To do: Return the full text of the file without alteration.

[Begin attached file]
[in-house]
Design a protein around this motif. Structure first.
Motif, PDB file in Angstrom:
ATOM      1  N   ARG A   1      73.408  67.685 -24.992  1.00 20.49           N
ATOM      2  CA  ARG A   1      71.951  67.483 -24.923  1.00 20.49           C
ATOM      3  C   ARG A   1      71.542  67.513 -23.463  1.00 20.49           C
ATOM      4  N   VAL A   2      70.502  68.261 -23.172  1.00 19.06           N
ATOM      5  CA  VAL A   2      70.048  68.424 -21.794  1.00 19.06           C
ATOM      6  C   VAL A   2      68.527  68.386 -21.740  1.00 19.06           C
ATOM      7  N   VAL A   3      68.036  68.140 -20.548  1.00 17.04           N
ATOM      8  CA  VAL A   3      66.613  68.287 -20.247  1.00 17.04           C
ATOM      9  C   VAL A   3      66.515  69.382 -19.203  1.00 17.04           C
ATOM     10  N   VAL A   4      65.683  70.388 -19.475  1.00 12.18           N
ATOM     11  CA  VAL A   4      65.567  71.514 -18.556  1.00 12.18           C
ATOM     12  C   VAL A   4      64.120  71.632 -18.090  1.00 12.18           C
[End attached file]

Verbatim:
[in-house]
Design a protein around this motif. Structure first.
Motif, PDB file in Angstrom:
ATOM      1  N   ARG A   1      73.408  67.685 -24.992  1.00 20.49           N
ATOM      2  CA  ARG A   1      71.951  67.483 -24.923  1.00 20.49           C
ATOM      3  C   ARG A   1      71.542  67.513 -23.463  1.00 20.49           C
ATOM      4  N   VAL A   2      70.502  68.261 -23.172  1.00 19.06           N
ATOM      5  CA  VAL A   2      70.048  68.424 -21.794  1.00 19.06           C
ATOM      6  C   VAL A   2      68.527  68.386 -21.740  1.00 19.06           C
ATOM      7  N   VAL A   3      68.036  68.140 -20.548  1.00 17.04           N
ATOM      8  CA  VAL A   3      66.613  68.287 -20.247  1.00 17.04           C
ATOM      9  C   VAL A   3      66.515  69.382 -19.203  1.00 17.04           C
ATOM     10  N   VAL A   4      65.683  70.388 -19.475  1.00 12.18           N
ATOM     11  CA  VAL A   4      65.567  71.514 -18.556  1.00 12.18           C
ATOM     12  C   VAL A   4      64.120  71.632 -18.090  1.00 12.18           C